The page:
Skunk and Badger (Algonquin Young Readers)
Written by Amy Timberlake
Illustrated by Jon Klassen
I was immediately struck by how unexpectedly unusual and pleasant this book was from the first page. Author Amy Timberlake is tapping into that same creative vein that has given us books like Beatrix Potter’s bibliography, Frog & Toad, The Wind in the Willows, The Odd Couple, and the Wallace & Gromit movies. It’s a world of animals that behave strikingly like people, all the same, with little daily struggles, annoyances, and triumphs. As an adult, I felt very connected to this book and would be fascinated to know how a child would process it. There is no big epic story, just the interactions between these two roommates. It’s a cozy world that I felt compelled to crawl inside and hang out for a while. It’s also a genuinely hilarious book, with humor coming from the characters’ responses to each other and silly anxieties over tackling simple problems.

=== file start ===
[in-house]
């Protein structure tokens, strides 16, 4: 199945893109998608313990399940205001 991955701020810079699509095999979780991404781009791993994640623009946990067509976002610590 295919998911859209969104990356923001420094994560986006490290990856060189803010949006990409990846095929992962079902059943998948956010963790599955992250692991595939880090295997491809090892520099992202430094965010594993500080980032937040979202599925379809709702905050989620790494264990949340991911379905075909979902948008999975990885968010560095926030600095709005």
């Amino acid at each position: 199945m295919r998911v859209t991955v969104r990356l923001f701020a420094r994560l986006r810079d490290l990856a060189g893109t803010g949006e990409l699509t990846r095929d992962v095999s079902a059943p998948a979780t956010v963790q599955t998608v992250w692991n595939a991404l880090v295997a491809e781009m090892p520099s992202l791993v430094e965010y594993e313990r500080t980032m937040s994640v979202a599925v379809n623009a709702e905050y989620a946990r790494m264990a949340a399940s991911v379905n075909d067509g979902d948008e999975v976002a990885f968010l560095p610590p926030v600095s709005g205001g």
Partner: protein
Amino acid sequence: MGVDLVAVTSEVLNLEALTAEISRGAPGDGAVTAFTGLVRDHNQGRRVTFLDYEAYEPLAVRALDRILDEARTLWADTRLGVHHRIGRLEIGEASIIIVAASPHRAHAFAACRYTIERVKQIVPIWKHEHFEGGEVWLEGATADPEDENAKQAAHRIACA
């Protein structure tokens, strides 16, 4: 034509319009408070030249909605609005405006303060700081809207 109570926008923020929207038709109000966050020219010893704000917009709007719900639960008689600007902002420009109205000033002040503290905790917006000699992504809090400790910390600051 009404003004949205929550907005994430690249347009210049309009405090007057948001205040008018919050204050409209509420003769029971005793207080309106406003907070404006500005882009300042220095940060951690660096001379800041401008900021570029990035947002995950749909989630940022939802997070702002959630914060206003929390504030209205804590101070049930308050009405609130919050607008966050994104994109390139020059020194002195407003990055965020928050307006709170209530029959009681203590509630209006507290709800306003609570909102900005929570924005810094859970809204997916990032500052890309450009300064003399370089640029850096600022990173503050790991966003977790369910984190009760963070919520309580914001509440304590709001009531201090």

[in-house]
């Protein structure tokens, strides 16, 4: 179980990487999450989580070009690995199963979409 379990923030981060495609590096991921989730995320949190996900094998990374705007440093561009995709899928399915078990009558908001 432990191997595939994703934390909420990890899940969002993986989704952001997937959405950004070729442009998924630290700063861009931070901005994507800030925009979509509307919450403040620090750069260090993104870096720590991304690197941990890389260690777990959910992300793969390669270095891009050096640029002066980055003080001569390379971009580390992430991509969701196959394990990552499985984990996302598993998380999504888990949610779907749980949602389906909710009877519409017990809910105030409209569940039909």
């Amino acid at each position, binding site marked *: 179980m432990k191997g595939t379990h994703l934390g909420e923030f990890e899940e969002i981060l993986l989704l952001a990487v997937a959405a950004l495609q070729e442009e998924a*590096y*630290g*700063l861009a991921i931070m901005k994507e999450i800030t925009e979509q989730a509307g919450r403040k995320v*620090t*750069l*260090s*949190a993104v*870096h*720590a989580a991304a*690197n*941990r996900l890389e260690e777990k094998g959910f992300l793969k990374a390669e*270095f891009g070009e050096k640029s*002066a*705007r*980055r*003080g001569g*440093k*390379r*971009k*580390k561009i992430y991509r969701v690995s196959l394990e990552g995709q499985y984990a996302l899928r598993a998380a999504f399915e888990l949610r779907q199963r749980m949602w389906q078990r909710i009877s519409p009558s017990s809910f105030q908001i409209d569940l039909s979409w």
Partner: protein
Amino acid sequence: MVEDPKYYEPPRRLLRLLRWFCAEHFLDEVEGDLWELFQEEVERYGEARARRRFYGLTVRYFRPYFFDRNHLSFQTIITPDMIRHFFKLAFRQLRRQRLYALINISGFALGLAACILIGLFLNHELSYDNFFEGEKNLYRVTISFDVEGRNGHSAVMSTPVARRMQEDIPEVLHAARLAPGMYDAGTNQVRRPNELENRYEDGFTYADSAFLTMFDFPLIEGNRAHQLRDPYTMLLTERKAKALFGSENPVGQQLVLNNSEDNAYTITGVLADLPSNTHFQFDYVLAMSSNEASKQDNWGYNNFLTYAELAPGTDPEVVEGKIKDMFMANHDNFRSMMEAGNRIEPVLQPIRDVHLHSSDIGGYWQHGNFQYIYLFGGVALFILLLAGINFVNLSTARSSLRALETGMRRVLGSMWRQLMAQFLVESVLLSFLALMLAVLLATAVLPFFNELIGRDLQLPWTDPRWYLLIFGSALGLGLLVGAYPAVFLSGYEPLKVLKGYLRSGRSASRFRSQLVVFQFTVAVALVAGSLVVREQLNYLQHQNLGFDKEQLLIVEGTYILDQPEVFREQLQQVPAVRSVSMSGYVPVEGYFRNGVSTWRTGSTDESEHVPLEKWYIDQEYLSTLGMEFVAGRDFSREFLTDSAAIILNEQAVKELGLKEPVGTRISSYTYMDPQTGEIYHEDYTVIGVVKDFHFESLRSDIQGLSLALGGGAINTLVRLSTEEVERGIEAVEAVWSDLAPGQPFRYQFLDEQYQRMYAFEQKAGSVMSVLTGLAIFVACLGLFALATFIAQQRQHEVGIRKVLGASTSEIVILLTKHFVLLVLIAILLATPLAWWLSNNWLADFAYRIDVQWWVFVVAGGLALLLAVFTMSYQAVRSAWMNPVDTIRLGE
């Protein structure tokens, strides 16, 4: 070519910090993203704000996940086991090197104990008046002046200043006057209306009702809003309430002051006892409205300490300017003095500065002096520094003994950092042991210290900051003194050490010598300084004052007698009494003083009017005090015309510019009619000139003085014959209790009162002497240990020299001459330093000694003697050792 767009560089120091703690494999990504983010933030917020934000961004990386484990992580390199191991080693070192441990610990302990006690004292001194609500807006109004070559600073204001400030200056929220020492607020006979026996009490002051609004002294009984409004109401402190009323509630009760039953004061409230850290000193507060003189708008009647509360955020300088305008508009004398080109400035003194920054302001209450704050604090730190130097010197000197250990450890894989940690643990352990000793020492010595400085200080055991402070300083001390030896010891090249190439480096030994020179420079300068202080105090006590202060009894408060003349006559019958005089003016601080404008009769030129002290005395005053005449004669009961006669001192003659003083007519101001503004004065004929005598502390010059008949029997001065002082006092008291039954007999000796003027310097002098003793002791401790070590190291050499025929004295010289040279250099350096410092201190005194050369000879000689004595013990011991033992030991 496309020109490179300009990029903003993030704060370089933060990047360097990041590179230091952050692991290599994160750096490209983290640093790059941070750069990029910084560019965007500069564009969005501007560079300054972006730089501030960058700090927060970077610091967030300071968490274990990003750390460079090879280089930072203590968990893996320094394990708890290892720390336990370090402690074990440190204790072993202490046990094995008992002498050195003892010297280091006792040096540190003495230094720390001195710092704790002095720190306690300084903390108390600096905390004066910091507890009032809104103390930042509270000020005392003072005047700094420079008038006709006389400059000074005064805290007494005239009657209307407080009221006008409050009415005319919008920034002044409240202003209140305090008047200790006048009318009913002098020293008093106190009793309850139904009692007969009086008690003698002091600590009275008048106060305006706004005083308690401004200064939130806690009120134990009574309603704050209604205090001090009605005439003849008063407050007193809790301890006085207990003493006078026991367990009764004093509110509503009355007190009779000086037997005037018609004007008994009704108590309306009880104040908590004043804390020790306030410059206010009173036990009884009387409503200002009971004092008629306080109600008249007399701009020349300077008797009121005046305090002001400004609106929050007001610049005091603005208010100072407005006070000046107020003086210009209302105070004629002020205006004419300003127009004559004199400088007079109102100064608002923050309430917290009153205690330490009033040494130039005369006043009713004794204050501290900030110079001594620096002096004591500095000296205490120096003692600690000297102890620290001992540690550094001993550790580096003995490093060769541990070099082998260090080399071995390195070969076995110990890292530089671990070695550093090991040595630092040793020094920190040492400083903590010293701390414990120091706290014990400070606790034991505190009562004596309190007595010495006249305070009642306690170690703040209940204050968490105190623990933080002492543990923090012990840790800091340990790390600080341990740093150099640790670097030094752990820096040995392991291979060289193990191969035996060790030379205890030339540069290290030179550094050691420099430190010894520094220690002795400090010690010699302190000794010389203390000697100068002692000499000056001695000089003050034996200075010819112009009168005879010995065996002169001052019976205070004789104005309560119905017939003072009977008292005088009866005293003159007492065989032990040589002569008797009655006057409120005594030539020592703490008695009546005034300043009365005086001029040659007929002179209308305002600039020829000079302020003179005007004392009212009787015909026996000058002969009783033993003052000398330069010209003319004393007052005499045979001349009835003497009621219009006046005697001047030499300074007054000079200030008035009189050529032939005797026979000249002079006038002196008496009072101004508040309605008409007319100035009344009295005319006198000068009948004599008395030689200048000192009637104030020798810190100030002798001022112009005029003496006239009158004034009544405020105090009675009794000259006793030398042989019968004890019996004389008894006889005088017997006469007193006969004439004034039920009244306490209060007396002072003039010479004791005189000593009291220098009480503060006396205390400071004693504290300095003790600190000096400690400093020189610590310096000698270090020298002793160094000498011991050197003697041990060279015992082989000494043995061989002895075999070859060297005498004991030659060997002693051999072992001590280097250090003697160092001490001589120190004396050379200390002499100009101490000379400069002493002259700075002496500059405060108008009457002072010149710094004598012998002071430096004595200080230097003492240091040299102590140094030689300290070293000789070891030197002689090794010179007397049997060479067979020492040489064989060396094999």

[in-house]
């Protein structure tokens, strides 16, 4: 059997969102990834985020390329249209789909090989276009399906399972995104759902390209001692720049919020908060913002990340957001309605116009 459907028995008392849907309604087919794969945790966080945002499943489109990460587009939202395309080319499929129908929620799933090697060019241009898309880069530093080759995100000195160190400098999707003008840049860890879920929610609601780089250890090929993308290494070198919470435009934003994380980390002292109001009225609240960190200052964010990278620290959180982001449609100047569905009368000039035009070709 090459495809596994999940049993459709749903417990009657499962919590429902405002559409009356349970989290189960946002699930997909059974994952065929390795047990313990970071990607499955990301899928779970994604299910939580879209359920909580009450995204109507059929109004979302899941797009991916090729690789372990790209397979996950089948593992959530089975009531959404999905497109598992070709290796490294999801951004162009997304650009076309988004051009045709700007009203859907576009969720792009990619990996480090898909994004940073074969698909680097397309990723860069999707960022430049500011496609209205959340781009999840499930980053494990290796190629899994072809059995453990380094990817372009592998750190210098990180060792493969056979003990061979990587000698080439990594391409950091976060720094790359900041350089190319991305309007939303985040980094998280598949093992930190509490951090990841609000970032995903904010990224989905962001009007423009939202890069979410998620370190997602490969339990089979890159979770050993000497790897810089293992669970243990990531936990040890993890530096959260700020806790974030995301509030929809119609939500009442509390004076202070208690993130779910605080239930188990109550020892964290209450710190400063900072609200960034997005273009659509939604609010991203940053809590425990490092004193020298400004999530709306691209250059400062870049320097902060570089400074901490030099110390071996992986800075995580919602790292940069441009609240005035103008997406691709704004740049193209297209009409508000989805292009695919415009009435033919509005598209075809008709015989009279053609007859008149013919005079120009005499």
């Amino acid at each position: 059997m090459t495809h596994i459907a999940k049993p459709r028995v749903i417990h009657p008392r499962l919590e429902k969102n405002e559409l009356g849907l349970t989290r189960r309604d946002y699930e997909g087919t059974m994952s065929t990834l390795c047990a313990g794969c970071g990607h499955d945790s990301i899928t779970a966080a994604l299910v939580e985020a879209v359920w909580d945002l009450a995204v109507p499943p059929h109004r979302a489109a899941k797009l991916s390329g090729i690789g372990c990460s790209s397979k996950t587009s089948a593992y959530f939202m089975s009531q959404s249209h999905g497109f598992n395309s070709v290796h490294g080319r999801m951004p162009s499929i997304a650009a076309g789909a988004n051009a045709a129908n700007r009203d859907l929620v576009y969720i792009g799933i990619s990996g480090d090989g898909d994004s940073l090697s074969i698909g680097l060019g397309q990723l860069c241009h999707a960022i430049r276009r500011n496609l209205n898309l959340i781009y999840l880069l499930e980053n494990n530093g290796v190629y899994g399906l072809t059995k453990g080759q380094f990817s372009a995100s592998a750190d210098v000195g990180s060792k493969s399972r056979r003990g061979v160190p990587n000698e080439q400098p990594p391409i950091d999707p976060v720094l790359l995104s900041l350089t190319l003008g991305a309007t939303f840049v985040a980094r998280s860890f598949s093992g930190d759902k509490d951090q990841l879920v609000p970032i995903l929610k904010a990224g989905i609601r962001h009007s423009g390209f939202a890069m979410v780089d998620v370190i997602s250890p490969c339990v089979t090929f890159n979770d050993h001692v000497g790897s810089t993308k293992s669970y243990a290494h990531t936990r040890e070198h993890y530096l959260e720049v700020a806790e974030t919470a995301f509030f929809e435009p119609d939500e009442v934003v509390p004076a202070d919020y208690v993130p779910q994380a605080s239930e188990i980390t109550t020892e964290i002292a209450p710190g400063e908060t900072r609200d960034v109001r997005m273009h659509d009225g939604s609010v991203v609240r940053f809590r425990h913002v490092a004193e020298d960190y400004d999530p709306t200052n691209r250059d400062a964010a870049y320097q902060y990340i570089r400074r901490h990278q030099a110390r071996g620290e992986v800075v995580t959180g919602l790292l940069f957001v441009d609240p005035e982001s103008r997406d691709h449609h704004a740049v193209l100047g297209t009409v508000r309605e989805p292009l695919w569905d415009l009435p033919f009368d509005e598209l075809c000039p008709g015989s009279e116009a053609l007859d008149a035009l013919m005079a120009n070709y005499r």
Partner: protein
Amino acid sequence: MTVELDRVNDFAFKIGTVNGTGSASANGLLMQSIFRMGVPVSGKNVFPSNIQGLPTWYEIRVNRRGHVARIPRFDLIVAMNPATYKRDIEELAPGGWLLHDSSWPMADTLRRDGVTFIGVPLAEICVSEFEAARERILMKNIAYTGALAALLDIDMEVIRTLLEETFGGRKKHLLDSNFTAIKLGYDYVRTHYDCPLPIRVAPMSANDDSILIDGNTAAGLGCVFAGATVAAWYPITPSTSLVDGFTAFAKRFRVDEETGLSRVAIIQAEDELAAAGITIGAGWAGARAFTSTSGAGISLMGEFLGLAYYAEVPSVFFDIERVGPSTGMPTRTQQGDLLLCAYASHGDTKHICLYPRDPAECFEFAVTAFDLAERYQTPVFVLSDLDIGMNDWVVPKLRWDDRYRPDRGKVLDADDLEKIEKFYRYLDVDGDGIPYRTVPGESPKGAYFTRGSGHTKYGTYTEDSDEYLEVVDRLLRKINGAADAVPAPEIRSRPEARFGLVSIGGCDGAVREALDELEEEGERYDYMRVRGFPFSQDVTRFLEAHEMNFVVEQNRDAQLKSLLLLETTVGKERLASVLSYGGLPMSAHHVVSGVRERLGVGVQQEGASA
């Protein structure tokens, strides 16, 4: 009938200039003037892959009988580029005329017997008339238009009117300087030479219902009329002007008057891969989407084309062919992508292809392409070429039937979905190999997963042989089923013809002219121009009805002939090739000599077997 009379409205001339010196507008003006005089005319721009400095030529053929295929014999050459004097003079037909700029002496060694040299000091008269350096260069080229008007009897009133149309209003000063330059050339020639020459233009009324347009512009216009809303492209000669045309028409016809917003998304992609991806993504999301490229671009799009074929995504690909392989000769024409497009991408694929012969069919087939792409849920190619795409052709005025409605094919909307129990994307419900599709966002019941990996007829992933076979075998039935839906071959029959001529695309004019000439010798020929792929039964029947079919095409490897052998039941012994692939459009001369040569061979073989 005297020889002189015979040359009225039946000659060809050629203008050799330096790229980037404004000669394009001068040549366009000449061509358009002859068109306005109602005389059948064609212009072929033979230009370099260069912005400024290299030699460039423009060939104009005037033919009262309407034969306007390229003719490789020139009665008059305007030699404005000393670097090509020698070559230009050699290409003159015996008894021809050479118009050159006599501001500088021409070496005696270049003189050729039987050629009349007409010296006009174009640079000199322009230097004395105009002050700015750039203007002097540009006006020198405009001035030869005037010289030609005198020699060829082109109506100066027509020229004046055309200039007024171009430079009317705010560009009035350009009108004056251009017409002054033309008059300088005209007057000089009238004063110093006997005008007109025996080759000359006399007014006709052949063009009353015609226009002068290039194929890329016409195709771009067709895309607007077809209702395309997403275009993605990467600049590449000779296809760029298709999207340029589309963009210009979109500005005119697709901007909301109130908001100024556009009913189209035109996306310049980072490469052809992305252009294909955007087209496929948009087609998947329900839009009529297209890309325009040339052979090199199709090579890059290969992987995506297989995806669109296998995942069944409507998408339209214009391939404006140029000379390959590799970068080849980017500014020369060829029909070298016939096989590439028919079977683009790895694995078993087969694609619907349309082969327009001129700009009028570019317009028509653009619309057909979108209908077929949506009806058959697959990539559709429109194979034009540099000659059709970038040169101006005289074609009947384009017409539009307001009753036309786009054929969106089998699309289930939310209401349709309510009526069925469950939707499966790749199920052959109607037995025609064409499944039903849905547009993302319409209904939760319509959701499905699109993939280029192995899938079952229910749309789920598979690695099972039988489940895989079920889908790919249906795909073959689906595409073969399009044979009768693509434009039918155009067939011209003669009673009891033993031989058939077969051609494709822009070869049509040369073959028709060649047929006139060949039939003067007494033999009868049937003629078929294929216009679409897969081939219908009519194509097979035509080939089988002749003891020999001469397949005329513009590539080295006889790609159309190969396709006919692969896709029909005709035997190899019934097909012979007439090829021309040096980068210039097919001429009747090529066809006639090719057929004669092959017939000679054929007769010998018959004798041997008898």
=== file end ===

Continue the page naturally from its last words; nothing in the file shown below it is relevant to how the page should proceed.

Badger lives in his aunt’s plush brownstone in the middle of the city. One day there’s a knock at the door. It’s Skunk. Badger slams the door shut, assuming he is dealing with a salesperson. Unfortunately, that’s not the case, as Badger discovers. He had been ignoring his aunt’s letter that informed him the son of one of her good friends was moving in and going to have one of the bedrooms. Badger is worried this will disrupt his vital daily tasks of examining, polishing, and displaying his rock collection. Well, it does, but that is not a bad thing. Skunk brings a horde of chickens along with him, and by the end of the story, Badger has warmed up (a bit) to his new living situation.
This is unlike most middle-grade novels on the market, which is why it stands out so strongly to me. It’s a hilarious, calm book that uses these animal characters to look at our foibles & hang-ups.